For weight reasons, aluminium is the only metal used in UAVs. Use of composites can reduce overall UAV weight by 15-45% depending on the extent of composite use. Above a 50% weight reduction requires improvements in composite economics at the moment. Composites have been used in modest load-bearing components such as elevators, which comprise about 20% of aircraft weight. For further weight reduction, composites must be used in higher load-bearing components such as the tail, wing and fuselage.

Thermosets are used more than thermoplastics because the resin readily impregnates fibres, making it possible to manufacture complex shaped parts. Thermosets provide high strength and high stiffness parts after curing. Epoxies are the most commonly used thermosets in UAVs. They provide good low-temperature (<93°C) properties, high chemical resistance, good fibre adhesion, excellent dimensional stability, good performance under wet conditions and high dielectric properties. Improved epoxies designed for higher-speed parts fabrication, greater toughness and higher use temperatures are under development. Blends of epoxies and thermoplastics have been used to provide increased impact damage resistance. Polyesters, phenolics, bismaleimide and polyimide have also been used. The most commonly used fibres are carbon and graphite. Kevlar and glass are also used. Among the thermoplastics used in UAV construction are polyethylene, polystyrene and polyetheretherketones (PEEK).

Organic fibres offer high strength and low weight and are used more in UAVs than ceramic and metallic fibres. Graphite (>95% carbon) and carbon (93-95% carbon) fibres are the most commonly used. Other organic polymers such as Kevlar are also used. Glass fibre is used occasionally for its low cost and is likely to be more common in civilian than military UAVs due to the former's less rigorous operating conditions.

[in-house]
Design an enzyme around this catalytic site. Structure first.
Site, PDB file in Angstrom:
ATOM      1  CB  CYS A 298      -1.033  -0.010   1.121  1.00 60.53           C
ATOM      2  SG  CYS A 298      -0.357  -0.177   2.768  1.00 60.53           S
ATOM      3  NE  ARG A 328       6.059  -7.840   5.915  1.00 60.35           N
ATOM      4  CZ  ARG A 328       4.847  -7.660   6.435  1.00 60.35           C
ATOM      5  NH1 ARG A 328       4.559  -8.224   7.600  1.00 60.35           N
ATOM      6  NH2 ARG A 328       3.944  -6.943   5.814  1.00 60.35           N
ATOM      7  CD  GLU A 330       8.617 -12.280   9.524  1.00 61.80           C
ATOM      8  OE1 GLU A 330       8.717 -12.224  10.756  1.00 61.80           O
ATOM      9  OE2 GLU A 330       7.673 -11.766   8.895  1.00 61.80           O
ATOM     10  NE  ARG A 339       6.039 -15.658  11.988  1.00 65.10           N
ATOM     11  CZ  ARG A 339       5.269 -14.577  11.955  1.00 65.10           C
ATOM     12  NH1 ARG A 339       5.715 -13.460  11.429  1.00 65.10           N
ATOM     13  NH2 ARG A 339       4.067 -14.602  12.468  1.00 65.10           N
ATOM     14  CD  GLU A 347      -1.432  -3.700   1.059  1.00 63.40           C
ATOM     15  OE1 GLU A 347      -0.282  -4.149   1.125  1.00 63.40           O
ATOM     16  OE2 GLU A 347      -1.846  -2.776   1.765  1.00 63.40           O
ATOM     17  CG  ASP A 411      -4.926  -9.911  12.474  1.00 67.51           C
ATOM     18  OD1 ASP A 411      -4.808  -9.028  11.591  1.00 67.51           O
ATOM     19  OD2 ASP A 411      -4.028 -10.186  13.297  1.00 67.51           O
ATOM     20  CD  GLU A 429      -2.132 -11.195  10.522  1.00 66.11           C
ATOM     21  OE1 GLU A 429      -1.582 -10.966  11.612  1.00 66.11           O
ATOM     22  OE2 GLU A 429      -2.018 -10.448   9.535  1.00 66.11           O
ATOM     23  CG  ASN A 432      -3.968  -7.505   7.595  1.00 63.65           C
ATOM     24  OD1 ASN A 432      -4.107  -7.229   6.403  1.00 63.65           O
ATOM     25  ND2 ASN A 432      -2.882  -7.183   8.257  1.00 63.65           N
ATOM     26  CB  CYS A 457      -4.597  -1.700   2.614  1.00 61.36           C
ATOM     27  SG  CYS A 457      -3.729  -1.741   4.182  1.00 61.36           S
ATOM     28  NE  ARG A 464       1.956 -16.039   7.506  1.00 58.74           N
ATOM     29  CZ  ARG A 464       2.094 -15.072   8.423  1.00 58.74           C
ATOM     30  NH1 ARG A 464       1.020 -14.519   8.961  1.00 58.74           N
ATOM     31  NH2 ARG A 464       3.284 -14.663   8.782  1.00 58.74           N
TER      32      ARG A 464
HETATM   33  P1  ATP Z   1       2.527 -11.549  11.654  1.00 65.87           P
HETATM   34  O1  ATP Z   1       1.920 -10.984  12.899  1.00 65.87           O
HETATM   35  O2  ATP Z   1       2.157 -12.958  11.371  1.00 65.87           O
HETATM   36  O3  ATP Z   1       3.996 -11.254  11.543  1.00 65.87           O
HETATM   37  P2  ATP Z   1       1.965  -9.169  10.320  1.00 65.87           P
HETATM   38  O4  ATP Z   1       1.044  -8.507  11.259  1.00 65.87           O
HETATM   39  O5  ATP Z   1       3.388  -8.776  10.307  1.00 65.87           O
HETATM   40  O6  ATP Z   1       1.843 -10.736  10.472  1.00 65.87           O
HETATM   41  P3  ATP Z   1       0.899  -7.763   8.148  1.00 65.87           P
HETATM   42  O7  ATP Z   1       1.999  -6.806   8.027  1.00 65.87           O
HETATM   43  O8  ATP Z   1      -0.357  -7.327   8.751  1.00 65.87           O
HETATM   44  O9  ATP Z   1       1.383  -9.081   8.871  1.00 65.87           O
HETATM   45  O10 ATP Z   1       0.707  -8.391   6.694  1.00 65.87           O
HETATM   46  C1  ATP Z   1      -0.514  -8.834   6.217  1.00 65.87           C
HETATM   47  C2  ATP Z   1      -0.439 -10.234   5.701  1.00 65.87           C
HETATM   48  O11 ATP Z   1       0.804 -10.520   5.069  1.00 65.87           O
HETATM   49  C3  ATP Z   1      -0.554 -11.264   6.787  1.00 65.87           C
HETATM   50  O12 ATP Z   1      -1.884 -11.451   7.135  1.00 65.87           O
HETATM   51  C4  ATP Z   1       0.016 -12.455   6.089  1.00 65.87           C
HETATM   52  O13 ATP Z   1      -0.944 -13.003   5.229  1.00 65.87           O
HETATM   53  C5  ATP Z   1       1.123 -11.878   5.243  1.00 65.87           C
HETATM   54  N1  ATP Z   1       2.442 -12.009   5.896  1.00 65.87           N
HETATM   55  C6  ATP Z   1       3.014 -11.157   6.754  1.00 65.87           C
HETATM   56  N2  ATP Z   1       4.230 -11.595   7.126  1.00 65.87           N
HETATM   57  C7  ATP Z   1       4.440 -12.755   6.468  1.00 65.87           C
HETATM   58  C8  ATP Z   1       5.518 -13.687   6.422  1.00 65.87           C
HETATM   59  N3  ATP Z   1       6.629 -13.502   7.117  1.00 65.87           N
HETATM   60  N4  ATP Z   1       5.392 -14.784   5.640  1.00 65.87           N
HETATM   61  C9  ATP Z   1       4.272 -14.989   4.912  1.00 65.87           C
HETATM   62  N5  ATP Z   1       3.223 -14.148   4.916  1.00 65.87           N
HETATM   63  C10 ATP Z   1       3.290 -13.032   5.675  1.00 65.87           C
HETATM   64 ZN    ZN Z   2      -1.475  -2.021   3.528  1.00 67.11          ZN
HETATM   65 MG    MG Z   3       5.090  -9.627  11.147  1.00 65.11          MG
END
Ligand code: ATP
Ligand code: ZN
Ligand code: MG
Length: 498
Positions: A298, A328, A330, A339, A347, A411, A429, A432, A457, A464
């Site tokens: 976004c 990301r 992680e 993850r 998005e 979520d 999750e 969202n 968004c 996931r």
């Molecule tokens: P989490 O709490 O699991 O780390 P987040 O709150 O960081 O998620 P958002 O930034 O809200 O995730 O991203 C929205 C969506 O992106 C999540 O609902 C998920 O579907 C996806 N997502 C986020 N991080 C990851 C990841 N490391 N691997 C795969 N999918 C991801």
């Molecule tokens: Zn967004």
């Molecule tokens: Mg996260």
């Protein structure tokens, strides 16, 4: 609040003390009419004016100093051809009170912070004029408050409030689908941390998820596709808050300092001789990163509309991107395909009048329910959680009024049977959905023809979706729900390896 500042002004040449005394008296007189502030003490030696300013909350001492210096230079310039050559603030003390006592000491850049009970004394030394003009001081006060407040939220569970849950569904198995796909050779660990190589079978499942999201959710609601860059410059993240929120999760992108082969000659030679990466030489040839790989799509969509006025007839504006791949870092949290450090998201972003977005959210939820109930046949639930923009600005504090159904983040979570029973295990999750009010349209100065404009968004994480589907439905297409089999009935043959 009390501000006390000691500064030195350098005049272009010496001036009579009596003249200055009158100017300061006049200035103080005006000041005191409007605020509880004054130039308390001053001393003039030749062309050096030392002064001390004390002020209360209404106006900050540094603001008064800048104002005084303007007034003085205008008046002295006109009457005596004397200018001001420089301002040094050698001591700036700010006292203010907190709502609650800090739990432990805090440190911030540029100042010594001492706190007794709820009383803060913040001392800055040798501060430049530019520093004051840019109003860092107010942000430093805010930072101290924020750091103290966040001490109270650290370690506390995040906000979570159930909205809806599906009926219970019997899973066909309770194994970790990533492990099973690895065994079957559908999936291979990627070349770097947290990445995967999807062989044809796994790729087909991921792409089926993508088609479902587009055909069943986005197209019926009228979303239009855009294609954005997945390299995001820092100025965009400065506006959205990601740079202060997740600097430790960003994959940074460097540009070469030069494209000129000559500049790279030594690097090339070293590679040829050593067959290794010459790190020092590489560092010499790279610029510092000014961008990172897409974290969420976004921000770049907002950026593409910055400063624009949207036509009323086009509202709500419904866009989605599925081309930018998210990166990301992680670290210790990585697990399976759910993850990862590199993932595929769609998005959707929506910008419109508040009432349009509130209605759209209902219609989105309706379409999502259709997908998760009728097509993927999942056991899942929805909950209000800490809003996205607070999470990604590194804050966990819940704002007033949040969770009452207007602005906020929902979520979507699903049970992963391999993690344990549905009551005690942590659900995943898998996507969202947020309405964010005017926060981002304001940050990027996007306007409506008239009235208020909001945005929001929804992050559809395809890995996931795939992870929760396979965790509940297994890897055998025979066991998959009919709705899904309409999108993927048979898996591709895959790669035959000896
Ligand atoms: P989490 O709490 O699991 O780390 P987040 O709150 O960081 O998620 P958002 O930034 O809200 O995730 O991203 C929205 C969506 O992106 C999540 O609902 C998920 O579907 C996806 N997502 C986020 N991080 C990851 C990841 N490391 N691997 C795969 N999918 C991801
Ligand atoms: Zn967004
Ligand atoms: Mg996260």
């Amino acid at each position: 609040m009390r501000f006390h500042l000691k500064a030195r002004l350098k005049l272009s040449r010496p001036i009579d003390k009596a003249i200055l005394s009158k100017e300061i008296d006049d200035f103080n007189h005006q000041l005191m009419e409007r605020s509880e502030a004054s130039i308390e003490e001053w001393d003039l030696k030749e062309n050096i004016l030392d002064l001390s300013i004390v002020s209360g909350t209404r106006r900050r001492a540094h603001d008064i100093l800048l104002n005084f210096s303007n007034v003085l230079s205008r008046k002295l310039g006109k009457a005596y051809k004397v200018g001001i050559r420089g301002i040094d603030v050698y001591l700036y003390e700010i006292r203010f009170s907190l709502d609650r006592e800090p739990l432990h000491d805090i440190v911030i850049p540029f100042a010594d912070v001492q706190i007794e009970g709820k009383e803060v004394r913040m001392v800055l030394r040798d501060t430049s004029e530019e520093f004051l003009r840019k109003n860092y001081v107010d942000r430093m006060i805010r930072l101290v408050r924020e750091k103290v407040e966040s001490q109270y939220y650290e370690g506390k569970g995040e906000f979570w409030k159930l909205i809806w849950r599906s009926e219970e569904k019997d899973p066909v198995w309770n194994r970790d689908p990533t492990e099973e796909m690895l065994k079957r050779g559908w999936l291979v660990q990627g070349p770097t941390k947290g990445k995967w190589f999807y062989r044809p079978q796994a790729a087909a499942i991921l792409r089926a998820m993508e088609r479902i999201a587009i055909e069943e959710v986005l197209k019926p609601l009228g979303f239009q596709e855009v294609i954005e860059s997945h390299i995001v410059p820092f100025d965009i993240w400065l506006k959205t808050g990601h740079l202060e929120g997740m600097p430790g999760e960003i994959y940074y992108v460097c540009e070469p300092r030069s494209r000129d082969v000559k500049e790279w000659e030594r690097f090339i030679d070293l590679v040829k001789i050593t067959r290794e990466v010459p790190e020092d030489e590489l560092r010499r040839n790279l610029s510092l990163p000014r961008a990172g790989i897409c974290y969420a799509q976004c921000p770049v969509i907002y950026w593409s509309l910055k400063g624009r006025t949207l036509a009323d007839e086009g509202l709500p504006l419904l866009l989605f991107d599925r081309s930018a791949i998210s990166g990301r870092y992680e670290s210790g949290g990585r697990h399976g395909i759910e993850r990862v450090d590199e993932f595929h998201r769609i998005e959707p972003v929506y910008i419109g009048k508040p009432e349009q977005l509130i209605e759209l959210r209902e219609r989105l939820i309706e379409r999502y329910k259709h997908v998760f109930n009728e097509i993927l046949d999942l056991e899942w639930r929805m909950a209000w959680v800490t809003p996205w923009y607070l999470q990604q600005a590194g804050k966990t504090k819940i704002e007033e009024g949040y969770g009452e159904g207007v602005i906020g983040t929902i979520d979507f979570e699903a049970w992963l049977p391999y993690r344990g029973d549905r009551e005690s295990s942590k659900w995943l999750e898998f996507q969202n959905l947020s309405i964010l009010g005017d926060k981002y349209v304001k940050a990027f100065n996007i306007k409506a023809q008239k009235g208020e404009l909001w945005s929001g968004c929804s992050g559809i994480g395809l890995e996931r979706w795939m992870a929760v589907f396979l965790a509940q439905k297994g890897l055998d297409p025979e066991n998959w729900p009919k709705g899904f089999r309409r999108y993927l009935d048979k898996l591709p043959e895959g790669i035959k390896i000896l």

Typical damage to composites that needs to be detected both after fabrication and after UAV flight are: cracks and delaminations in the skin; debondings between skin and core; and defects in the core (crushing), of which only a small part is visible from the outside. Ultrasonic detection can indicate internal defects. Detection of damage is essential to proper UAV maintenance and long service life.

Specific UAVs

Early UAVs and most prototypes for civilian applications use a simple, fixed-pitch wooden propeller protected with a varnish finish. Wood has a high fatigue strength-to-weight ratio, low material cost and excellent vibration damping properties. It also has a low radar signature making combat reconnaissance harder to detect.

For larger UAVs, operating conditions often require more propeller strength and durability than wood can provide. One solution to this problem is the use of synthetic fibre reinforcement over a laminated wood core. Kevlar and glass fibres with epoxy resin have been used for this, but using carbon semi-stressed fibre-reinforced epoxy resin over laminated wood has become more common. This construction optimizes airfoils and blade shape to provide rapid climb, while maintaining level flight performance, good damage tolerance and long service life.

Completely synthetic composite propellers are beginning to be used because they provide both high performance and durability. These are typically comprised of carbon/glass fabric impregnated with high-temperature epoxy resin. Their pitch may be adjusted before takeoff to provide flexibility for operating in different weather conditions.